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Author: SABOB Three stars, 500 posts Add to my Favorite Fools Ignore this person (you won't see their posts anymore) Number: of 127777  
Subject: Mortgage Issue Date: 2/21/2013 4:54 PM
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Not sure if this is right board, but am curious about almost continuous approaches by Wells Fargo Bank to re-finance- no cost. Am currently at 4.85% and this one would be nearer to 3%. Only downside is going to 30 years from 25 years but who cares as we will not live so long; it is just rent as far as I am concerned. Difference would be $250 per month- why not?
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Author: pauleckler Big funky green star, 20000 posts Top Favorite Fools Old School Fool Add to my Favorite Fools Ignore this person (you won't see their posts anymore) Number: 124824 of 127777
Subject: Re: Mortgage Issue Date: 2/21/2013 10:40 PM
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There have to be expenses associated with refinancing. "No cost" means those costs are hidden somehow. You had better understand how they are being paid. Increasing the loan principle is one way. Refinancing usually would involve appraisal and legal fees to record the paperwork. Are costs hidden in some line item on your closing statement?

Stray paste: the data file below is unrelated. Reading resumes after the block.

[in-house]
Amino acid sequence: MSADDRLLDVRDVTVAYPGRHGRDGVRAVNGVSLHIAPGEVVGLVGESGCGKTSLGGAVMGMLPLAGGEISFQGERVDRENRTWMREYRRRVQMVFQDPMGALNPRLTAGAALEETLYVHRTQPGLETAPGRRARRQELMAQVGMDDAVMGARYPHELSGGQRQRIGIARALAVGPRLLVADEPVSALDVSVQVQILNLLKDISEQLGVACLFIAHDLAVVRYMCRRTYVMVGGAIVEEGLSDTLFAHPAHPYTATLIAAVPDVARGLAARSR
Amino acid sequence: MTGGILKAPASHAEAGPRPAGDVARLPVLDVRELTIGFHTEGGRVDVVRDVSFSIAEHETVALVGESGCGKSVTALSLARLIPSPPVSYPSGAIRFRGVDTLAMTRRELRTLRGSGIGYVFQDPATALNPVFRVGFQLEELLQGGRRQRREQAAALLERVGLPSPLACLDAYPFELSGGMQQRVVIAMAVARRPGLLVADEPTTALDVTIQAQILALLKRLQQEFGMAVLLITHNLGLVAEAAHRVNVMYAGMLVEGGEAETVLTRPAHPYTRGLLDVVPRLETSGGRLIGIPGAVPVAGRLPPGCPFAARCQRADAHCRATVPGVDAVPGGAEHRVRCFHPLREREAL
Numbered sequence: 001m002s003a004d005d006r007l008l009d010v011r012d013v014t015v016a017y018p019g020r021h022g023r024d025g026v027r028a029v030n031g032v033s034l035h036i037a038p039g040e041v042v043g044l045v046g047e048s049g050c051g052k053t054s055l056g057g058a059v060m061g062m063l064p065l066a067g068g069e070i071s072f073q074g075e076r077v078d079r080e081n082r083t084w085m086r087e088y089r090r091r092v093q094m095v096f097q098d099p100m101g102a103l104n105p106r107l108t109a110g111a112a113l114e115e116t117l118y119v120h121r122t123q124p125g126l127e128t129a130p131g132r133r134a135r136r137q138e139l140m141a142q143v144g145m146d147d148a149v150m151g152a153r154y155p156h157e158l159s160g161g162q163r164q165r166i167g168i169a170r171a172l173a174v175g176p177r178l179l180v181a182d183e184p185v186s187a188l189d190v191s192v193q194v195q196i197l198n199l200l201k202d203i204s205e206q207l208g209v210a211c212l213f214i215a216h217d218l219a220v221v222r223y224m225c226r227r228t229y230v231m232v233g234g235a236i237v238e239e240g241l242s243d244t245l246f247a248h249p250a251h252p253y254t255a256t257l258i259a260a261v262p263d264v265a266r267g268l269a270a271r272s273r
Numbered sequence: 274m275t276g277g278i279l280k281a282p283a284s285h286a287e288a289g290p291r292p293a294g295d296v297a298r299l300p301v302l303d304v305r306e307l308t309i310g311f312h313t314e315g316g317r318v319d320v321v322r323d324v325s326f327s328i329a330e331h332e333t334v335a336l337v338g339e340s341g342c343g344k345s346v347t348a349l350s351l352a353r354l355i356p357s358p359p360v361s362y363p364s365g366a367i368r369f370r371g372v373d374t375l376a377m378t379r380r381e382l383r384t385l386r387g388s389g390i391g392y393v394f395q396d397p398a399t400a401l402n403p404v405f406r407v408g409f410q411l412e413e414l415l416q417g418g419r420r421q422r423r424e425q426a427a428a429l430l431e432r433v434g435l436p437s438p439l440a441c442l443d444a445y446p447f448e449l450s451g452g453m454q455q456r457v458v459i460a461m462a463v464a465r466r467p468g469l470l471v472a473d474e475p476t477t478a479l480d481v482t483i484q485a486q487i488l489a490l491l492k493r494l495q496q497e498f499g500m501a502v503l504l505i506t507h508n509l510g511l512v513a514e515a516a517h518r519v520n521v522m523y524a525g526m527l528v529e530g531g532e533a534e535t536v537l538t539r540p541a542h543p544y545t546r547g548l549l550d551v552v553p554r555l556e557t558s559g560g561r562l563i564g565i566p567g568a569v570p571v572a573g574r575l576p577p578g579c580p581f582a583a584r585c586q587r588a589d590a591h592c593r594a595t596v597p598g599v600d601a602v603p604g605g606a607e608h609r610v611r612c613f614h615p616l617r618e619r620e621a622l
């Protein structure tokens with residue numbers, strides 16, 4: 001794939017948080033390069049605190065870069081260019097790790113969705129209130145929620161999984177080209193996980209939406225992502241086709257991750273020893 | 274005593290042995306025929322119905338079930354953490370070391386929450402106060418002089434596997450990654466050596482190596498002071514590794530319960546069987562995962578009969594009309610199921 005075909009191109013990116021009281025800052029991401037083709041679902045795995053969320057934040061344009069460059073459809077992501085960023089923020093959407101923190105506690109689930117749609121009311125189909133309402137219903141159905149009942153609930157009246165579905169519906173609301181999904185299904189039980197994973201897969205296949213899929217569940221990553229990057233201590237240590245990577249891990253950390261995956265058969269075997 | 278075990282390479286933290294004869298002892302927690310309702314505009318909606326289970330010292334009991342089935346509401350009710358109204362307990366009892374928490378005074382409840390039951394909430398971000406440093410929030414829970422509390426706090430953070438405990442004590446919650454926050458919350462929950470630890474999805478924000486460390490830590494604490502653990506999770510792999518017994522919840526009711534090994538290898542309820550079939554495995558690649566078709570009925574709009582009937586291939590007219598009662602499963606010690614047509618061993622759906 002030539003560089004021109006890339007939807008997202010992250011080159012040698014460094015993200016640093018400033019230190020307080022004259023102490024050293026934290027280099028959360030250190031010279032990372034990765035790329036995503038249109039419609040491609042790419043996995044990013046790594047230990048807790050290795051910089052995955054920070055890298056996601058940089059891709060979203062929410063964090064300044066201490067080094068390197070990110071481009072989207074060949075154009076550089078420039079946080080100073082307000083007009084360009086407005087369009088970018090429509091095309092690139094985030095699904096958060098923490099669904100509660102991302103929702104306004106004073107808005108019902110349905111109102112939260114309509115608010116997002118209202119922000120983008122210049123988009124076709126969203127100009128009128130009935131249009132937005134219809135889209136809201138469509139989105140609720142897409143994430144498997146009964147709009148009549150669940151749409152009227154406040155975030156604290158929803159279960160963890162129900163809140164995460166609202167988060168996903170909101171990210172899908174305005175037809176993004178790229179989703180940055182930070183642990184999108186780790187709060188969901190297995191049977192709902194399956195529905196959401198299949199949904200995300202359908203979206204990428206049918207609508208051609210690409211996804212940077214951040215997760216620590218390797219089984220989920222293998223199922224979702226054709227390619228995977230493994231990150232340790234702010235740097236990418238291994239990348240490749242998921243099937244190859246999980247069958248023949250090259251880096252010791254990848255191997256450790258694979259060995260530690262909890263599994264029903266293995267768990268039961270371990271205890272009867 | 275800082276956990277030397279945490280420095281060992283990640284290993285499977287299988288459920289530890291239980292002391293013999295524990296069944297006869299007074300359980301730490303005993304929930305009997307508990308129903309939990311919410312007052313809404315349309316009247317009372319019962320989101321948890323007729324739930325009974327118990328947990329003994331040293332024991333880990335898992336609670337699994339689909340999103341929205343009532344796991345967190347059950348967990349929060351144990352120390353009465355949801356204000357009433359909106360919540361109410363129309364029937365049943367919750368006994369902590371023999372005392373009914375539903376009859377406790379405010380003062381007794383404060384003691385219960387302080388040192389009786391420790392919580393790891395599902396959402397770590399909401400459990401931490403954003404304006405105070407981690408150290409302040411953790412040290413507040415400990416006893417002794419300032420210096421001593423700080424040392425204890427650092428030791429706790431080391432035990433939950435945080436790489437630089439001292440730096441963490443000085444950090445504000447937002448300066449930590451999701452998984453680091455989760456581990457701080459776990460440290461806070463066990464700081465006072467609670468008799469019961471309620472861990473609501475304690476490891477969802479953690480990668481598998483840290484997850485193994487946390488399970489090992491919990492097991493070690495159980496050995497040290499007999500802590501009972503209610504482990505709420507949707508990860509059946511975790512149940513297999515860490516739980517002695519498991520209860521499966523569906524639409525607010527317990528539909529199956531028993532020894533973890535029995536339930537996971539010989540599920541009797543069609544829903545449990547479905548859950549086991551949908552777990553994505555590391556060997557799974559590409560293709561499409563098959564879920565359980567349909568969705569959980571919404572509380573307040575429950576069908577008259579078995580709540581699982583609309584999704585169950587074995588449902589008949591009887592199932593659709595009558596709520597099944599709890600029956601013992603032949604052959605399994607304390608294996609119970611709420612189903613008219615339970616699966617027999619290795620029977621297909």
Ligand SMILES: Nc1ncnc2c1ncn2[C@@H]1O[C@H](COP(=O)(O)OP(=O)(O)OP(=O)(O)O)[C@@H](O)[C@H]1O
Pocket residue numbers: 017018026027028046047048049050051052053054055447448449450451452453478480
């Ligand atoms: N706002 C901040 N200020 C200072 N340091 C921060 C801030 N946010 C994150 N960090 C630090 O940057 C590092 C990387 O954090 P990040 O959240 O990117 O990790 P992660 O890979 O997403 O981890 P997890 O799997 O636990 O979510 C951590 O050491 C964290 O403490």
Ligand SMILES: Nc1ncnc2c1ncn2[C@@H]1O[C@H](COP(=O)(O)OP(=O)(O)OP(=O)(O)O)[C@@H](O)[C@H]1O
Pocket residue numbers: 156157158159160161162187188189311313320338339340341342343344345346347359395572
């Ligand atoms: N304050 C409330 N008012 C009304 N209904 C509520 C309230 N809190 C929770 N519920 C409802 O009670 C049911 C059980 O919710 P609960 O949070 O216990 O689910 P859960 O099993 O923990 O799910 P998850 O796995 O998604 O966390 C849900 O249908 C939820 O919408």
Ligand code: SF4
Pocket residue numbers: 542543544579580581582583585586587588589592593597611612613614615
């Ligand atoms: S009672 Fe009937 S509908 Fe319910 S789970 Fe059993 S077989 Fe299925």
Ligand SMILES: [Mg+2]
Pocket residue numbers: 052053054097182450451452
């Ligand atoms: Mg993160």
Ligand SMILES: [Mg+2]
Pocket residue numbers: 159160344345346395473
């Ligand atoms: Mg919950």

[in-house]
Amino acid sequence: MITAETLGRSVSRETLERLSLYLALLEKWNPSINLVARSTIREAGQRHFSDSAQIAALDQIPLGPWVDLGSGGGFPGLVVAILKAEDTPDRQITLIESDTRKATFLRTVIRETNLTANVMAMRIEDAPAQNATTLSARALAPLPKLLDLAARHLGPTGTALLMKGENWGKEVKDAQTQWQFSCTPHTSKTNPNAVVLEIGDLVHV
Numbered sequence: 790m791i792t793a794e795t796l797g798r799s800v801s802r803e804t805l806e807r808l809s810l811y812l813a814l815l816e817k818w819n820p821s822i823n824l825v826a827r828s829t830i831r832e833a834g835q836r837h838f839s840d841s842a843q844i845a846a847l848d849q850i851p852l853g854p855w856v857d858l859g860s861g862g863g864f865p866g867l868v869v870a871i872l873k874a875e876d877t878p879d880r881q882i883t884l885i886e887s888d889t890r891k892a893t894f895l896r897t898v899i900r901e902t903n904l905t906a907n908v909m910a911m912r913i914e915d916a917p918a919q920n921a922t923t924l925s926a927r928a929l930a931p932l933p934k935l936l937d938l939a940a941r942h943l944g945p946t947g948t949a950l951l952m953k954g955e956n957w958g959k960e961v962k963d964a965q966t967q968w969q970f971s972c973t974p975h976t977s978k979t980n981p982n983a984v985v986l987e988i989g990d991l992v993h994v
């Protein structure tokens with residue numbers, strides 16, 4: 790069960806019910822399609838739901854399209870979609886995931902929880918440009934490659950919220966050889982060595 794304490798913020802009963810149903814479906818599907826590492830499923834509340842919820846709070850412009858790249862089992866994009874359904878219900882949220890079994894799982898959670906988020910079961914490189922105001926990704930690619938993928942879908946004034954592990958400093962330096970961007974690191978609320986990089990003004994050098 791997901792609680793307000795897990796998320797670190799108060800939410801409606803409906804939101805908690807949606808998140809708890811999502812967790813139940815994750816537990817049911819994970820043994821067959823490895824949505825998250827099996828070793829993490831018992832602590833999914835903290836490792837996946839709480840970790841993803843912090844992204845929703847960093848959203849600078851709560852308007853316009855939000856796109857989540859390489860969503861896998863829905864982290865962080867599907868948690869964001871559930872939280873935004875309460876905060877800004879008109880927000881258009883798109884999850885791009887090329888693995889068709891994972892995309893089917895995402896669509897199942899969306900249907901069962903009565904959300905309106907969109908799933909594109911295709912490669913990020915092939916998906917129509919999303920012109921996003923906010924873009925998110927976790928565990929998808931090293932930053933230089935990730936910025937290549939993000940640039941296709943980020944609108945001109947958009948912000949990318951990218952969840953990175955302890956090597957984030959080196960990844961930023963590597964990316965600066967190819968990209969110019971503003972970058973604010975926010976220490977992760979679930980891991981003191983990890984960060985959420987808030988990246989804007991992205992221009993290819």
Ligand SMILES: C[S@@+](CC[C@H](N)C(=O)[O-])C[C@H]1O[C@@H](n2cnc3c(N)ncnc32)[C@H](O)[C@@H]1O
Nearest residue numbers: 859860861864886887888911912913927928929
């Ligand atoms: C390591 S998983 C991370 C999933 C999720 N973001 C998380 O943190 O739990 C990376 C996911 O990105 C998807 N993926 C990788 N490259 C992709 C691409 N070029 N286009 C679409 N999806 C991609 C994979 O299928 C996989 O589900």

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Author: mmrmnhrm Big red star, 1000 posts Old School Fool Add to my Favorite Fools Ignore this person (you won't see their posts anymore) Number: 124825 of 127777
Subject: Re: Mortgage Issue Date: 2/22/2013 12:12 AM
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Might they have found a defect in the original paperwork or underwriting, and this is their way of quietly making the problem disappear?

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Author: CCinOC Big funky green star, 20000 posts Top Recommended Fools Add to my Favorite Fools Ignore this person (you won't see their posts anymore) Number: 124826 of 127777
Subject: Re: Mortgage Issue Date: 2/22/2013 12:39 AM
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The newly revised Regulation X that governs the newly revised Good Faith Estimate (form)--now undergoing its fourth interation--makes it impossible for any costs to be hidden. Simply review the GFE. It's all there, plain as the nose on the consumer's face.

http://www.hud.gov/offices/hsg/rmra/res/gfestimate.pdf

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Author: CCinOC Big funky green star, 20000 posts Top Recommended Fools Add to my Favorite Fools Ignore this person (you won't see their posts anymore) Number: 124827 of 127777